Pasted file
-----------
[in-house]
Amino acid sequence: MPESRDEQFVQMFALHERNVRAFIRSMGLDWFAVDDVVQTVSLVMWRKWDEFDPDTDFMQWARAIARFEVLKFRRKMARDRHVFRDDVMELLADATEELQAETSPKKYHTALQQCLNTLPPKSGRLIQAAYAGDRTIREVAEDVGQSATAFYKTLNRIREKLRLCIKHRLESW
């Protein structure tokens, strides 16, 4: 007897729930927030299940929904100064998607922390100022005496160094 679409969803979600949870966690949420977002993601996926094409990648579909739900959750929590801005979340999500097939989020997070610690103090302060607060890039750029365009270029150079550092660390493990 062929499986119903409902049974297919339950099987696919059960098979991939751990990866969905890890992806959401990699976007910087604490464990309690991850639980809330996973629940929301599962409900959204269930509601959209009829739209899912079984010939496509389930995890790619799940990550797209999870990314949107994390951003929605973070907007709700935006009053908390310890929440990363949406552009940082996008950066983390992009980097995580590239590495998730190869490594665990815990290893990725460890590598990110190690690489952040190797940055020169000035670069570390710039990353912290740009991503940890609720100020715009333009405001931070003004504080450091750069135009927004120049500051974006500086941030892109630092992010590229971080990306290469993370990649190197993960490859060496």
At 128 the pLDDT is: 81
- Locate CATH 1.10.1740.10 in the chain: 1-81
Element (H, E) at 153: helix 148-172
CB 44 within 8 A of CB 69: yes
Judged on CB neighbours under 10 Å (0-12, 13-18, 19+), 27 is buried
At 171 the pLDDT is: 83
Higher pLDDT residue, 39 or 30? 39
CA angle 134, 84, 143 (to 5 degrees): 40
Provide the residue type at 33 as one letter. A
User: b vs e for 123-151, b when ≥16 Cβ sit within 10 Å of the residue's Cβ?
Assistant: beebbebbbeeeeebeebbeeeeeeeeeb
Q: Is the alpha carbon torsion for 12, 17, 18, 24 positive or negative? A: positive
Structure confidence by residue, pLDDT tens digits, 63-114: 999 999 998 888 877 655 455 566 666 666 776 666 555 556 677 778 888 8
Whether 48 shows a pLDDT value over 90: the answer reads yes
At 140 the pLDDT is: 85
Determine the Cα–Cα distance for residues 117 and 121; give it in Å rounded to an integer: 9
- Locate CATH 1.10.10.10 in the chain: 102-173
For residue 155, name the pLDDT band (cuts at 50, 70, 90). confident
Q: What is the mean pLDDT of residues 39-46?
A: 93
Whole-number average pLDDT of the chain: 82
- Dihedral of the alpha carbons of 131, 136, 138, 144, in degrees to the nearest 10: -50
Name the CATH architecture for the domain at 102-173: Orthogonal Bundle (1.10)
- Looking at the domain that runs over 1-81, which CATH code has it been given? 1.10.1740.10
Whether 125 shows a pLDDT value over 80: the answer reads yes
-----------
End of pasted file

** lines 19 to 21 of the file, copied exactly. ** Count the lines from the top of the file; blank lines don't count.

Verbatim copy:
Determine the Cα–Cα distance for residues 117 and 121; give it in Å rounded to an integer: 9
- Locate CATH 1.10.10.10 in the chain: 102-173
For residue 155, name the pLDDT band (cuts at 50, 70, 90). confident